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Kim

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Hardcover published by Everyman's Library (Knopf Doubleday Publishing Group)

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About This Book
The text—that of the 1901
Sussex Edition—is fully annotated and accompanied by three maps that
help students place the novel in geographical and historical contexts.




"Backgrounds" explores the novel's complicated issues of
multiculturalism, imperialism, and racism, allowing readers to glimpse
Kipling's personal thoughts about British expansionism.  Included are
two short stories, poems, and letters by Kipling, as well as
autobiographical and biographical memoirs and contemporary reviews of
Kim.




"Criticism" collects fourteen wide-ranging assessments of the novel by
Noel Annan, Irving Howe, Edward Said, Ian Baucom, A. Michael Matin,
John A. McClure, Anne Parry, Michael Hollington, Parama Roy, Sara
Suleri, Patrick Williams, Suvir Kaul, Mark Kinkead-Weekes, and Zohreh
T. Sullivan.



A Chronology and a Selected Bibliography are included.
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The text—that of the 1901
Sussex Edition—is fully annotated and accompanied by three maps that
help students place the novel in geographical and historical contexts.




"Backgrounds" explores the novel's complicated issues of
multiculturalism, imperialism, and racism, allowing readers to glimpse
Kipling's personal thoughts about British expansionism.  Included are
two short stories, poems, and letters by Kipling, as well as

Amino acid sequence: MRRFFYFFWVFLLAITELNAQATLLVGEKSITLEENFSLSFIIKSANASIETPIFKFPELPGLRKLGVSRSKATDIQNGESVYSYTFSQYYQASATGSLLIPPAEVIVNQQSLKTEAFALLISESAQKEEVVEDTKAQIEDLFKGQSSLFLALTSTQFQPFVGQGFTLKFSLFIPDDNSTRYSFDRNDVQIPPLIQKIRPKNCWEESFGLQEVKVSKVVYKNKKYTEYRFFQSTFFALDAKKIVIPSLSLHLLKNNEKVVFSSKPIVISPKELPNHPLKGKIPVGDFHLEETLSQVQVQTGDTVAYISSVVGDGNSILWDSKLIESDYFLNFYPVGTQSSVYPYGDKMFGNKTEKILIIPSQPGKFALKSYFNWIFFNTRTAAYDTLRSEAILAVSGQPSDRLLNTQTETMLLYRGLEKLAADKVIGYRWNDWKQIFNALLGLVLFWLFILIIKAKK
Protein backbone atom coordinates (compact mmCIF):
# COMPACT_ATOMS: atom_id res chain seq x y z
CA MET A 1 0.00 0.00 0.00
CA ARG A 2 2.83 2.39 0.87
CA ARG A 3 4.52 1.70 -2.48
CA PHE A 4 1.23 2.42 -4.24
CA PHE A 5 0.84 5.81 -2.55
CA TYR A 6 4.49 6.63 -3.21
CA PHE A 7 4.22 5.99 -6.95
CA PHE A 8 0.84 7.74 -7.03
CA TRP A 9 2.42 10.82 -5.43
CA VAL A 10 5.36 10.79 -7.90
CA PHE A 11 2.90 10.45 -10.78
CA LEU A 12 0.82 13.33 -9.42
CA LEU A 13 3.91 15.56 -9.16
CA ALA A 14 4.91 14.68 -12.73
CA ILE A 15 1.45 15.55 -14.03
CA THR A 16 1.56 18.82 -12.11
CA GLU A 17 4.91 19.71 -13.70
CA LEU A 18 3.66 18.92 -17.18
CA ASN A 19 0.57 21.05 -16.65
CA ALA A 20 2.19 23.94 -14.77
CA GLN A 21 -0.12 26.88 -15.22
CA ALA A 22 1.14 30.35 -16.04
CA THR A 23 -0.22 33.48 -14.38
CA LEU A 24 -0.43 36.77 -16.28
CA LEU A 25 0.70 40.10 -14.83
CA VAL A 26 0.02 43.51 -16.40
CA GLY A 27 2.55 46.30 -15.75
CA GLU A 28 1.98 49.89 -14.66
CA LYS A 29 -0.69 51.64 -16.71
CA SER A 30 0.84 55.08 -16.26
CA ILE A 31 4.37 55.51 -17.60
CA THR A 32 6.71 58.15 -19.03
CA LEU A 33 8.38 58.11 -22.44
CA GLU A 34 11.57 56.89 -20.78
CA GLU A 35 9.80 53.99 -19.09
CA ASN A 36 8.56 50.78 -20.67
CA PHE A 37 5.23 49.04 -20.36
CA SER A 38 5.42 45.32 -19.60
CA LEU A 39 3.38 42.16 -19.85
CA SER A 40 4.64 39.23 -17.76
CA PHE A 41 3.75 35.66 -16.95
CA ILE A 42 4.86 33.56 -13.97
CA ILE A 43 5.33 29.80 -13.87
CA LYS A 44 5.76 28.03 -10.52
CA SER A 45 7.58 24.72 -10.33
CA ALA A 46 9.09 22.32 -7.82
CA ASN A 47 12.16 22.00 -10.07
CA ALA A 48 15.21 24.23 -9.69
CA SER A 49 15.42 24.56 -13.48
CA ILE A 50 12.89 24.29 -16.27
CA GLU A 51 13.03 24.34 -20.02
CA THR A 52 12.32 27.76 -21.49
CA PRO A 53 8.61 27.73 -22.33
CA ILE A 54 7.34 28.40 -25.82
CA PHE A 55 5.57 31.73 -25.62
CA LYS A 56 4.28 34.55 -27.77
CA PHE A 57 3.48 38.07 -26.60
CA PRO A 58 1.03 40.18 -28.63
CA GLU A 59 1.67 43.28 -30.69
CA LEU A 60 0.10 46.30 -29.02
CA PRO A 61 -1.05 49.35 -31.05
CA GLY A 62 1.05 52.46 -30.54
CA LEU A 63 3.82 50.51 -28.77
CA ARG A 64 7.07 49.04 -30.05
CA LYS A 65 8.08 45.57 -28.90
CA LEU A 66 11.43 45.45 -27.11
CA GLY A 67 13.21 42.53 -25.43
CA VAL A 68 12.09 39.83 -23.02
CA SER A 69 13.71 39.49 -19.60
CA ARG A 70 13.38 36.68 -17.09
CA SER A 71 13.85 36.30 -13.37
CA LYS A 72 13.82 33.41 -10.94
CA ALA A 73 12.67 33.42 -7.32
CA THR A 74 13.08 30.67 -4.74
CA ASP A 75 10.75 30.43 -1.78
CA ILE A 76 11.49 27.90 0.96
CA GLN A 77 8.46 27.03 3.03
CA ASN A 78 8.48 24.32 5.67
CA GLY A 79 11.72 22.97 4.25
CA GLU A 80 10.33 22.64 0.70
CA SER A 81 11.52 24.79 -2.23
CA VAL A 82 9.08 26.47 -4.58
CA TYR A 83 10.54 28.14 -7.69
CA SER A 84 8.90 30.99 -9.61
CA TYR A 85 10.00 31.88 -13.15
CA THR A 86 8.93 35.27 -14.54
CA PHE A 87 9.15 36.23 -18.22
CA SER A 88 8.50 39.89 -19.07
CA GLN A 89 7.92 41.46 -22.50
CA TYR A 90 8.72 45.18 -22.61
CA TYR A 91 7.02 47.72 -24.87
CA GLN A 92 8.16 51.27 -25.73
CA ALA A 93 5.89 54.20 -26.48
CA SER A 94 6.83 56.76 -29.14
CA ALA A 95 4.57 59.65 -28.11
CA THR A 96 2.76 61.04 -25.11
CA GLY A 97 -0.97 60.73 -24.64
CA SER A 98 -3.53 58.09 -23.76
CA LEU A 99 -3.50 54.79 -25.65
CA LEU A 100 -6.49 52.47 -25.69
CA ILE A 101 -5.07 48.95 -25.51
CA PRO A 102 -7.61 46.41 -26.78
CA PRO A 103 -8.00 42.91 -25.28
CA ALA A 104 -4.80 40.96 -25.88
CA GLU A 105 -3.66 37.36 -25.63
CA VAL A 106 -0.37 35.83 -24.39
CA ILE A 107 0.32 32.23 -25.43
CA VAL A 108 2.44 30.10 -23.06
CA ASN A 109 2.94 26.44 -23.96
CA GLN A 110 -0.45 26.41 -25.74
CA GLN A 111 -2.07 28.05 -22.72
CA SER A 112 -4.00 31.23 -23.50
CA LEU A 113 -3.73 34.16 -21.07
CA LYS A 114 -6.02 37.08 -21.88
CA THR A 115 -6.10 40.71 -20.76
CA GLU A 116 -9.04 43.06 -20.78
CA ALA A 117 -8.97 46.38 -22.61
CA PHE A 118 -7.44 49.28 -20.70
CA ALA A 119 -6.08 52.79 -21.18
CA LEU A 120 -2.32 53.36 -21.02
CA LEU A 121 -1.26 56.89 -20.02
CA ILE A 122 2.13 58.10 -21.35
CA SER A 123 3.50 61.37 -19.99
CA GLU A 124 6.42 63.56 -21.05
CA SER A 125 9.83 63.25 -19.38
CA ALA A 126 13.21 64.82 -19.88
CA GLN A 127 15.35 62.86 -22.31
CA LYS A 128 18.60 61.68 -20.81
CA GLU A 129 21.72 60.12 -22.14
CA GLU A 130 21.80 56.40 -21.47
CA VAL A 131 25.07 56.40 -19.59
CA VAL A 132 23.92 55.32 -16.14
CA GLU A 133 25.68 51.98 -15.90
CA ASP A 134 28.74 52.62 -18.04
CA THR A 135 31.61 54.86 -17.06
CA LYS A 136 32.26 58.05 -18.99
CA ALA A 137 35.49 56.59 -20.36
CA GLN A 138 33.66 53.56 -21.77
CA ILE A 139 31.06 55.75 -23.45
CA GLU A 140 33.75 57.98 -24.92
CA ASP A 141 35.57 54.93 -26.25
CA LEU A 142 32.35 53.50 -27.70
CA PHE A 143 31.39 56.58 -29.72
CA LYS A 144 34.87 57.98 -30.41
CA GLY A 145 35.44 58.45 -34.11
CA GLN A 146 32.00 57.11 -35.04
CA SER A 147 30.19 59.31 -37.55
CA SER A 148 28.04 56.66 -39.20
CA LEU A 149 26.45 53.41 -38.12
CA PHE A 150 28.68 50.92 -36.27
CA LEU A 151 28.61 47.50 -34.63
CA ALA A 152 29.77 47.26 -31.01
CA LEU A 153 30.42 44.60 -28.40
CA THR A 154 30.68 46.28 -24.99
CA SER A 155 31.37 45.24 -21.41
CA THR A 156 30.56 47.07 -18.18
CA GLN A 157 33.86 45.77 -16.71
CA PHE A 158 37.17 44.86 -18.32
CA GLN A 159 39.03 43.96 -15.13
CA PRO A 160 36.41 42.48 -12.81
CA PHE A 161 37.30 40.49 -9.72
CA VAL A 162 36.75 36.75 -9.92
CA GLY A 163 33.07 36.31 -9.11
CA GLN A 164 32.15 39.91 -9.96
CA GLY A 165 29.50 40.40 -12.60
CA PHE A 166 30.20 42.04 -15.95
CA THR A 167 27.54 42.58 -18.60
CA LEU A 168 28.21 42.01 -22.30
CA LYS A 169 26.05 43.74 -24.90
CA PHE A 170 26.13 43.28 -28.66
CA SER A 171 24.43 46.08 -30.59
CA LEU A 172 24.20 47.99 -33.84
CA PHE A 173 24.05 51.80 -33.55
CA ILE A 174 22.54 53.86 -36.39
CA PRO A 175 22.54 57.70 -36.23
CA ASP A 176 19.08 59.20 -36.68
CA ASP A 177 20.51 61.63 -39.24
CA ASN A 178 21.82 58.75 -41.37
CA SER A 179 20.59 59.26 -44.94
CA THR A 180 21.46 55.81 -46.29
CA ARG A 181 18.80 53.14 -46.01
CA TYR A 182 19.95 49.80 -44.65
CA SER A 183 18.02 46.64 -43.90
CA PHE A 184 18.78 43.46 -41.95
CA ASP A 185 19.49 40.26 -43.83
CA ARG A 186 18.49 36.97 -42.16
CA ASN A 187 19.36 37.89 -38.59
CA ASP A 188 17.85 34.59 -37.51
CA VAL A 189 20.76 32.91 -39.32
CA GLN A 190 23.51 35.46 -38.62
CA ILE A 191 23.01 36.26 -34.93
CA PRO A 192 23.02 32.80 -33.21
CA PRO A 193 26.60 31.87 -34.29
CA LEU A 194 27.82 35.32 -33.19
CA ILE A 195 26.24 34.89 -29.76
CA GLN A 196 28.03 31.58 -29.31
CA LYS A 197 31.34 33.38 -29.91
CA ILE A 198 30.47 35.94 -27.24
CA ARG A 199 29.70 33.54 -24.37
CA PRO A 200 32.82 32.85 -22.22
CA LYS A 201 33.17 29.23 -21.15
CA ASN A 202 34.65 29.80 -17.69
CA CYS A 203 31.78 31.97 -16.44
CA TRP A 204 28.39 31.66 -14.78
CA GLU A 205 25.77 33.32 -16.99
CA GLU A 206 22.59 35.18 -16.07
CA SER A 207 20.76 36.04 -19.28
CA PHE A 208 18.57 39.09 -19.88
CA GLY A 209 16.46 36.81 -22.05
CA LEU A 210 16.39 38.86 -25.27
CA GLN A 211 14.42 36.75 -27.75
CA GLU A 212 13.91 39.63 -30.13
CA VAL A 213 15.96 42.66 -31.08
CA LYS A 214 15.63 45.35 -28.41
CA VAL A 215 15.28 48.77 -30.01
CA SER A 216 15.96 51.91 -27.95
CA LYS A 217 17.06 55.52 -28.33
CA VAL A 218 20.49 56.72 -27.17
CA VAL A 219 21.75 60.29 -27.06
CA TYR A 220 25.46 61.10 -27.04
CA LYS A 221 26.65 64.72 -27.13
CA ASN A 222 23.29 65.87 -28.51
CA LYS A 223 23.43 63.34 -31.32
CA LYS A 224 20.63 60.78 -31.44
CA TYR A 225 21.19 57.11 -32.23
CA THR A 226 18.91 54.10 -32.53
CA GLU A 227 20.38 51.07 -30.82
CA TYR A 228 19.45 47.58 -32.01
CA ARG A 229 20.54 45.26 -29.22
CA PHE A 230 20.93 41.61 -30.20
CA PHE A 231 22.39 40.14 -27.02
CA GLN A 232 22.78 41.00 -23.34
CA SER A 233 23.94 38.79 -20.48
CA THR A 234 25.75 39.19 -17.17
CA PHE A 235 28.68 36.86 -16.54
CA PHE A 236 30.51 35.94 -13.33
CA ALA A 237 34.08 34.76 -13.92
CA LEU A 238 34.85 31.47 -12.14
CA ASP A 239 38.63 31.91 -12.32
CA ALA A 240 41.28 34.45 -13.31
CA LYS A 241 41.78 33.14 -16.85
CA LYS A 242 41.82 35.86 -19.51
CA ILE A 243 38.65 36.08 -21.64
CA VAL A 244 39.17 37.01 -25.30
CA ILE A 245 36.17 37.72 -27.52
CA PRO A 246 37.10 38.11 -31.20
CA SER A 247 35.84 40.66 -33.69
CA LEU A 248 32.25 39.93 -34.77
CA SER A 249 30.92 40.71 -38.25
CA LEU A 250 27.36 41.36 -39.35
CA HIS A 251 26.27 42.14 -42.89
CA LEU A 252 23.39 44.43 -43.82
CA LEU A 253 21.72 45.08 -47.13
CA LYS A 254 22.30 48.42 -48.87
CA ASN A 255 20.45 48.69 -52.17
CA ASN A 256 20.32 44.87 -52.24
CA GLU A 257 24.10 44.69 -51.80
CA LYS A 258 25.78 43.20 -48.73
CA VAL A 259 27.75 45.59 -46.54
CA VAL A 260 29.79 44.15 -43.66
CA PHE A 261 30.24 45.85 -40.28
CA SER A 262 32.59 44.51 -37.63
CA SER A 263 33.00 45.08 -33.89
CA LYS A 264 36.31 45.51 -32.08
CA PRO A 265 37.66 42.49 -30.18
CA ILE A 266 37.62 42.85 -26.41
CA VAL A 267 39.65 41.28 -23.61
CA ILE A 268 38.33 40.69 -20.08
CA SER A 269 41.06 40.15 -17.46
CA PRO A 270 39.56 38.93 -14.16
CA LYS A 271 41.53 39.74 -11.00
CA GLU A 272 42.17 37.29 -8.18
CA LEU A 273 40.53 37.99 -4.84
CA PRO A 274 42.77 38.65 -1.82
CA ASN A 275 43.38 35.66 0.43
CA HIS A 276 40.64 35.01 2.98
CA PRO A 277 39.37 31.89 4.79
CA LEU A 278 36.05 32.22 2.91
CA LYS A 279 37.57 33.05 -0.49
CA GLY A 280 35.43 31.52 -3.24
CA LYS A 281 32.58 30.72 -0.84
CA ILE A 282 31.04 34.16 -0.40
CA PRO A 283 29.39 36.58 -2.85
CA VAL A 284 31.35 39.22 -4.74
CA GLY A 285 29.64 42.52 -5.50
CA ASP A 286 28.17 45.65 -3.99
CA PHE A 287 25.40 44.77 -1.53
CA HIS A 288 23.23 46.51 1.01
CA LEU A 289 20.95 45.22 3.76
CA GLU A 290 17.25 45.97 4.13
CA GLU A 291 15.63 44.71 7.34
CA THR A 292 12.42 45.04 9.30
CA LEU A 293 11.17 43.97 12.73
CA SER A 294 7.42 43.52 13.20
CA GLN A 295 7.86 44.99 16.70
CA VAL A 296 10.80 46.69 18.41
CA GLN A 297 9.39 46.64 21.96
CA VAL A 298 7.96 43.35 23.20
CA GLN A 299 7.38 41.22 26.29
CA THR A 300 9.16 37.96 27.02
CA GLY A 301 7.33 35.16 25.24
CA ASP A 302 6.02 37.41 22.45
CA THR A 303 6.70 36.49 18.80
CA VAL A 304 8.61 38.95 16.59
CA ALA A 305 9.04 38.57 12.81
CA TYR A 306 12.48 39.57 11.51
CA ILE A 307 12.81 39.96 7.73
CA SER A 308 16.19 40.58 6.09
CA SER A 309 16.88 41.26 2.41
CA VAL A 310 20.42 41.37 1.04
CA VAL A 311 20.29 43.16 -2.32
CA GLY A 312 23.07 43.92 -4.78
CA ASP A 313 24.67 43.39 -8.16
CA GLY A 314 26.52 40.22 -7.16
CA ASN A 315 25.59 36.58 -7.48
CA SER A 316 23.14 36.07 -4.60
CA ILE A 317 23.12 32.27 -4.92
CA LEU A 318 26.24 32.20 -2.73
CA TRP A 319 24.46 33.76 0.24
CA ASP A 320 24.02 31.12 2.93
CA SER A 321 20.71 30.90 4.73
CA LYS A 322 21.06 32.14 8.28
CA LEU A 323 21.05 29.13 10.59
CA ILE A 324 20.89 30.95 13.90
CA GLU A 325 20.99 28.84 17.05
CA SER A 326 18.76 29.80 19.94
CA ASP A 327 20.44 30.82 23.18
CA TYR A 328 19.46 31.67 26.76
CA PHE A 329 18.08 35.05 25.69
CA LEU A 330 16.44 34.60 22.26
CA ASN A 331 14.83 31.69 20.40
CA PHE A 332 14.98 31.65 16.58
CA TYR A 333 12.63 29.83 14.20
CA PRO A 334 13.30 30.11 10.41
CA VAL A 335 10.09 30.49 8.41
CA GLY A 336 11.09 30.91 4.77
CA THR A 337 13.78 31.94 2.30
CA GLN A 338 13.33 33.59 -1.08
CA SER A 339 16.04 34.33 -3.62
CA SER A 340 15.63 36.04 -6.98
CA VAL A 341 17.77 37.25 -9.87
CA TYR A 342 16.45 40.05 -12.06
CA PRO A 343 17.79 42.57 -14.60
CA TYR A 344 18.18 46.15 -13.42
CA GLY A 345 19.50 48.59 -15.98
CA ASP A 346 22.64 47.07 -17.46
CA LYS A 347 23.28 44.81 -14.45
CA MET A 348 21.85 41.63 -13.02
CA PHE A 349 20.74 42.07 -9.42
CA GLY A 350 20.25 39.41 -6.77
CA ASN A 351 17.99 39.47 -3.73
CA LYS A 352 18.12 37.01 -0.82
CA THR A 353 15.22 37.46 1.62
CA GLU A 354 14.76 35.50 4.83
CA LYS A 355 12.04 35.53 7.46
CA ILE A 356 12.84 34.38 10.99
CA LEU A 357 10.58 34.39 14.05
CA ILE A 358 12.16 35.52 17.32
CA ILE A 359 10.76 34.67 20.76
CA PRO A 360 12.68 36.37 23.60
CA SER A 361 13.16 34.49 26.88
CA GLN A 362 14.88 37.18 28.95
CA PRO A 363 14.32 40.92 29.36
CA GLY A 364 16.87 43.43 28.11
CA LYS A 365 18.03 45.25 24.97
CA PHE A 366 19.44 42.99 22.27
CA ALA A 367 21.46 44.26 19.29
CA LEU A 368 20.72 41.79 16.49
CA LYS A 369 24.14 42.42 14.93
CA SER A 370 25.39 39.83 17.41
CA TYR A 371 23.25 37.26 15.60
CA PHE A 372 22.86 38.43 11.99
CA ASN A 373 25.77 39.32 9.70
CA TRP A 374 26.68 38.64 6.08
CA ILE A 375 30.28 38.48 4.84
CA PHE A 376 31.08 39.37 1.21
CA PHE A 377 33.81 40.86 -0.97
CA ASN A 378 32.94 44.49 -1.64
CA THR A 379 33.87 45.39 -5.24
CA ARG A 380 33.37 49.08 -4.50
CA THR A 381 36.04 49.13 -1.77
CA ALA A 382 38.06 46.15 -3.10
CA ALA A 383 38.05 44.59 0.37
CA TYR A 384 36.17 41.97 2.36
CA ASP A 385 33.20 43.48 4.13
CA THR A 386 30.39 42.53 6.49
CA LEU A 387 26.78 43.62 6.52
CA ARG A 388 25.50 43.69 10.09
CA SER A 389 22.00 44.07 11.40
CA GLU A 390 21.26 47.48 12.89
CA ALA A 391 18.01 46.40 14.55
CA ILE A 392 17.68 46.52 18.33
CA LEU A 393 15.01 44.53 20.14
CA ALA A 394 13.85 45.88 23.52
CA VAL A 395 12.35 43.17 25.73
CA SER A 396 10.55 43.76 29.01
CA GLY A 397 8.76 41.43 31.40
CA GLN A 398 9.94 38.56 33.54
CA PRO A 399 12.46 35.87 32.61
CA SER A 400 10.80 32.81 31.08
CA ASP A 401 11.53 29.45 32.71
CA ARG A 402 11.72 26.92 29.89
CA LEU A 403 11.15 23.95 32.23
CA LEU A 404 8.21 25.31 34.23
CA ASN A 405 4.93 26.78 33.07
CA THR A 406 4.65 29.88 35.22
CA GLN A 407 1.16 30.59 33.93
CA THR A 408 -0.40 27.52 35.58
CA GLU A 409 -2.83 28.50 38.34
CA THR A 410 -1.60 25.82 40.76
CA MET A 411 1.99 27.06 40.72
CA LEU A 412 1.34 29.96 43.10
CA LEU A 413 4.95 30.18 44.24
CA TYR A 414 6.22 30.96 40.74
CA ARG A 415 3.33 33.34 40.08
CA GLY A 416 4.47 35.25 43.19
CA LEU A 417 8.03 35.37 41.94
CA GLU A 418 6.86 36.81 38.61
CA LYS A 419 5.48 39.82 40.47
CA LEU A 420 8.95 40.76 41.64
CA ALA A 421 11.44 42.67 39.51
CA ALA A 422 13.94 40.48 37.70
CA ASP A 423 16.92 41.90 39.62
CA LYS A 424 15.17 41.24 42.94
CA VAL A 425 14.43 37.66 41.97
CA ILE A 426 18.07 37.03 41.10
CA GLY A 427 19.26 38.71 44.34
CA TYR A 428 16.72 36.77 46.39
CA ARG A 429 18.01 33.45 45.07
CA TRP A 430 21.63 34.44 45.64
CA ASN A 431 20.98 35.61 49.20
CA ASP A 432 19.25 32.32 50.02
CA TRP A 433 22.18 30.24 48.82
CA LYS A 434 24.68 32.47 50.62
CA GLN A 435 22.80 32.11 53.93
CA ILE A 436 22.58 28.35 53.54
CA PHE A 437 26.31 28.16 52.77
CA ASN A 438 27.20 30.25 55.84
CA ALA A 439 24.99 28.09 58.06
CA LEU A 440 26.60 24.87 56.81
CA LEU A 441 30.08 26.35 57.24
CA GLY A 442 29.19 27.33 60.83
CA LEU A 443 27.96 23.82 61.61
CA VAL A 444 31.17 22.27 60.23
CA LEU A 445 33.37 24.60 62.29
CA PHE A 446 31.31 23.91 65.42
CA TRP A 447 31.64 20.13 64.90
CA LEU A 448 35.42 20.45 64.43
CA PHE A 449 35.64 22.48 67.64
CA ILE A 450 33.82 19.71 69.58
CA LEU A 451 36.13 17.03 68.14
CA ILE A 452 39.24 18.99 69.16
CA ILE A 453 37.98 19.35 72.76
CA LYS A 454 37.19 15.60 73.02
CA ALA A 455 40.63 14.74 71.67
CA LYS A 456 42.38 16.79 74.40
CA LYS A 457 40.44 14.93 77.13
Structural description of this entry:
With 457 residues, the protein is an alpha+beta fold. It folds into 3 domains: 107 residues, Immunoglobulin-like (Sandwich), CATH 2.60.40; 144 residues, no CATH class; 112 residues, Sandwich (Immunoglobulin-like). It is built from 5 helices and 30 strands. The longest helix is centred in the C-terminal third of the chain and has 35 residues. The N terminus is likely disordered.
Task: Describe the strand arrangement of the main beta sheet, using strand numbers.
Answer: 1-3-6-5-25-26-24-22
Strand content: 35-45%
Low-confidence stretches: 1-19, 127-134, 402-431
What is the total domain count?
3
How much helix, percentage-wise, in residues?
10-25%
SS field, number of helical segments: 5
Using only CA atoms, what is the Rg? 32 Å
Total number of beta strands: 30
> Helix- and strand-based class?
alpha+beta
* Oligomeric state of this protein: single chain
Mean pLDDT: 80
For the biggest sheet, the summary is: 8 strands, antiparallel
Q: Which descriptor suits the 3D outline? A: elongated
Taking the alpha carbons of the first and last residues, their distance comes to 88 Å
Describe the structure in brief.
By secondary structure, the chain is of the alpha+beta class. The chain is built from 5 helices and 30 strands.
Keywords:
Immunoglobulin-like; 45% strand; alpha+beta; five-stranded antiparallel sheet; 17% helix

autobiographical and biographical memoirs and contemporary reviews of
Kim.




"Criticism" collects fourteen wide-ranging assessments of the novel by
Noel Annan, Irving Howe, Edward Said, Ian Baucom, A. Michael Matin,
John A. McClure, Anne Parry, Michael Hollington, Parama Roy, Sara
Suleri, Patrick Williams, Suvir Kaul, Mark Kinkead-Weekes, and Zohreh
T. Sullivan.



A Chronology and a Selected Bibliography are included.
Product Details
Hardcover (360 pages)
Published: March 21, 1995
Publisher: Knopf Doubleday Publishing Group
Imprint: Everyman's Library
ISBN: 9780679443605
Other books byRudyard Kipling
  • With the Night Mail

    With the Night Mail
    And "Easy As A.b.c."
    Rudyard Kipling's thrilling science fiction novella follows the exploits of an intercontinental mail dirigible battling foul weather. Meanwhile, a planet-wide Aerial Board of Control enforces a rigid system of command and control in the skies and in world affairs, too. In Kipling's 1912 follow-up story, "As Easy As A.B.C.," set 65 years after With the Night Mail, the Aerial Board has complete control over the social and economic affairs of every nation. When a mob of disgruntled "Serviles" in the District of Northern Illinois demands the return of democracy, the A.B.C. sends a team of troubleshooters and a fleet of 200 zeppelins to "take such steps as might be necessary for the resumption of traffic and all that that implies."

    If

    If
    When Rudyard Kipling wrote the poem "If—" in 1909, he was addressing his 12-yearold son, John, who would die in battle a few short years later during World War I. The famous author's words soon inspired a nation, and the poem has twice been voted Great Britain's favorite. Italian illustrator Giovanni Manna melds the innocence of childhood with the encouraging sentiments expressed by Kipling's words in this tender portrayal of fatherly advice.

    The Jungle Book

    The Jungle Book
    Saved from the jaws of the evil tiger Shere Khan, young Mowgli is adopted by a wolf pack and taught the law of the jungle by lovable old Baloo the bear and Bhageera the panther. The adventures of Rikki-Tikki-Tavi the snake-fighting mongoose, little Toomai and the elephant's secret dance, and Kotick the white seal are all part of Mowgli's extraordinary journey with his animal friends.

    Just So Stories

    Just So Stories
    Drawn from the wondrous tales told to Kipling as a child by his Indian nurses, Just So Stories creates the magical enchantment of the dawn of the world, when animals could talk and think like people.

Favorite QuotesFROM THIS BOOK
  • He sat in defiance of municipal orders, astride the gun Zam-Zammeh, on her old platform, opposite the old Ajaib gher, the Wonder House, as the natives called the Lahore Museum.

    — submitted by danielgoodmFlag This Quote For Review
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